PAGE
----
ECON 401 - Intermediate Microeconomic Theory
Fall 2020, Section 001
Instruction Mode: Section 001 is  Online (see other Sections below)
Subject: Economics (ECON)
Department: LSA Economics
See additional student enrollment and course instructor information to guide you in your decision making.

Details

Credits:
4
Requirements & Distribution:
BS, QR/1
Enforced Prerequisites:
MATH 115, 116, 121, 156, 176, 185, 186, 215, 285, 295, or 296; with a grade of C or better.
Advisory Prerequisites:
ECON 101 and 102.
Other Course Info:
F, W, Sp.
BS:
This course counts toward the 60 credits of math/science required for a Bachelor of Science degree.
Repeatability:
May not be repeated for credit.
Rackham Information:
Rackham credit requires additional work.
Primary Instructor:

Description

Microeconomic theory models the behavior of individuals and firms, and the properties of markets in which they interact. It provides foundations for current economic research, and for evaluating economic policies. We will focus less on idealized markets with perfect competition, without externalities, and without information frictions; we will focus more on markets that fall short of those ideal conditions. The course is organized around two key frameworks: classical demand theory, which addresses how individual preferences and constraints lead to aggregate demand behavior; and game theory, which addresses how strategic economic agents make decisions in environments where their actions are interdependent. Smaller portions of the course focus on theories of monopoly optimization and perfect competition. We cover economic policy issues related to collusion, insurance, pollution, platform monopolies (like Facebook and Google), and consumer finance. By learning to solve optimization problems using calculus, we will gain a better understanding of both economics and calculus. In-class questions will reinforce your learning, and in-class activities will help illustrate the concepts. We don't follow a textbook closely, so lecture slides, practice exams, and other materials will be distributed on the course website.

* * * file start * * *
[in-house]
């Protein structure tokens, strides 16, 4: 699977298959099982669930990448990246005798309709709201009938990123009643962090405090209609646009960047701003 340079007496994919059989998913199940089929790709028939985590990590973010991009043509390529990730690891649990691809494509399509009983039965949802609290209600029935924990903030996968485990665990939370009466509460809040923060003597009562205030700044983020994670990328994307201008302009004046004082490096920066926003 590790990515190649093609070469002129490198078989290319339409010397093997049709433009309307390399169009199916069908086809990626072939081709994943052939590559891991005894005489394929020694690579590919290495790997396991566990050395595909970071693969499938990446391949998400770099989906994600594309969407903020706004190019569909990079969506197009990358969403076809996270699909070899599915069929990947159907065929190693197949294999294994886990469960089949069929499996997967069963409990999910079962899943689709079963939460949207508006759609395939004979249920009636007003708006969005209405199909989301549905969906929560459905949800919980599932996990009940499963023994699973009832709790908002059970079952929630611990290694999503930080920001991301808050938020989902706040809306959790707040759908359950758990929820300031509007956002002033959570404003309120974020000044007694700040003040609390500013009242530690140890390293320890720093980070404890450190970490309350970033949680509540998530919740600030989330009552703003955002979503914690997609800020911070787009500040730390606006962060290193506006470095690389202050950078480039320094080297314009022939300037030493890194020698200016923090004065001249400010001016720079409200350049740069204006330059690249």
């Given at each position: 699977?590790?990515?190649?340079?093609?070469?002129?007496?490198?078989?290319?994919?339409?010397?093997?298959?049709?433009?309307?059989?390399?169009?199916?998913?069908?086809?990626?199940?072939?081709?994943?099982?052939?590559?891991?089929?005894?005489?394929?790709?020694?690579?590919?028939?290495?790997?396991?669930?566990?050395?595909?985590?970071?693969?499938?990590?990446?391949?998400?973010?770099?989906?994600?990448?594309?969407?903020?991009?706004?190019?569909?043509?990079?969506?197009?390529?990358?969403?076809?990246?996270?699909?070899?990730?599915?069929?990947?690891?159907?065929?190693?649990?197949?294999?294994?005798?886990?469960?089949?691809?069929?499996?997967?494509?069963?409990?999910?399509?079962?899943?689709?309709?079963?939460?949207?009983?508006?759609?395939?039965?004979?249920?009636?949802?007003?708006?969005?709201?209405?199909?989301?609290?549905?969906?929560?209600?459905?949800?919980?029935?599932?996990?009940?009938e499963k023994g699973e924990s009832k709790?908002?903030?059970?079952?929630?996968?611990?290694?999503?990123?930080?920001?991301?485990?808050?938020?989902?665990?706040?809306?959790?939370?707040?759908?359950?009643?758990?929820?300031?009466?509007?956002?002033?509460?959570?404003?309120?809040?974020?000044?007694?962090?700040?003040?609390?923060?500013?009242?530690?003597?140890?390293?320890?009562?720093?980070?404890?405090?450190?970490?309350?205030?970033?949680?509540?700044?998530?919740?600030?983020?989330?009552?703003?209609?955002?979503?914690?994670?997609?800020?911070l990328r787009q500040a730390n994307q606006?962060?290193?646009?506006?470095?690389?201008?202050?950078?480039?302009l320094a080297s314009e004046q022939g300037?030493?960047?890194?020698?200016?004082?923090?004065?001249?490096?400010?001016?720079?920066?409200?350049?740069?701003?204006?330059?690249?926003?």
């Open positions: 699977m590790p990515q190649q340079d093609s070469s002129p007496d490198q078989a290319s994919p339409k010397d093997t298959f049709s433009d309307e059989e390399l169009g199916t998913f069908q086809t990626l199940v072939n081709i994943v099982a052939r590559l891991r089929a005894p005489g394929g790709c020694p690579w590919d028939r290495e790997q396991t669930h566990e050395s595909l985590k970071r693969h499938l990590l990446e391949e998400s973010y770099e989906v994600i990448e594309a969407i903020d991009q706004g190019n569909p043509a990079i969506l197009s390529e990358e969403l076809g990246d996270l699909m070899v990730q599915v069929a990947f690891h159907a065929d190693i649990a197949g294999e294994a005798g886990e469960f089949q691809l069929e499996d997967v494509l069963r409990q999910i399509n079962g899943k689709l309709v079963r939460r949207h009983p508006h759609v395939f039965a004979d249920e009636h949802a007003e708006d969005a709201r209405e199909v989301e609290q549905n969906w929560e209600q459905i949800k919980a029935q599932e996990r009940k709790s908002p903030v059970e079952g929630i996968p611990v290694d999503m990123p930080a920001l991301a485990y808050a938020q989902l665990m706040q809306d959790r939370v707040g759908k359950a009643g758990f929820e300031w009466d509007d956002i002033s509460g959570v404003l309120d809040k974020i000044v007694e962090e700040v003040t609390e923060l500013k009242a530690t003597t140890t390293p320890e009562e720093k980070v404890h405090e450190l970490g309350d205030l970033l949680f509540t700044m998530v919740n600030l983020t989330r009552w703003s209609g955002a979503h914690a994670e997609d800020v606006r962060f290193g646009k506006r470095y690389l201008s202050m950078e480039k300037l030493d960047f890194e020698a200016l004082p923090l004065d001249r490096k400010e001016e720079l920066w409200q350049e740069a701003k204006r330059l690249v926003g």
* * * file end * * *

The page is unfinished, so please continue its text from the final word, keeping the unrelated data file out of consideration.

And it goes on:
Course Requirements:

Six or more small exams test conceptual understanding and problem solving. Exams are graded by hand, and partial credit is awarded for a correct approach even if the final answer is wrong. A small math error loses only a small fraction of the points available. Two exams will be held in the evenings, not during regular class time; the final exam will be held during exam week. Other exams will be held during class time. There will be weekly problem sets, short writing assignments, and other activities; these will be graded mostly for participation and sincere effort, but perhaps small parts may be graded for correctness. Course grades are curved, to award about 40% A's and 40% B's.

Intended Audience:

This course is intended for Economics majors, as well as others with an interest in learning how microeconomic theory can be applied to questions that arise in society. The course is intended to be accessible to students with widely varying backgrounds, but have fulfilled the enforced pre-requisites.

Class Format: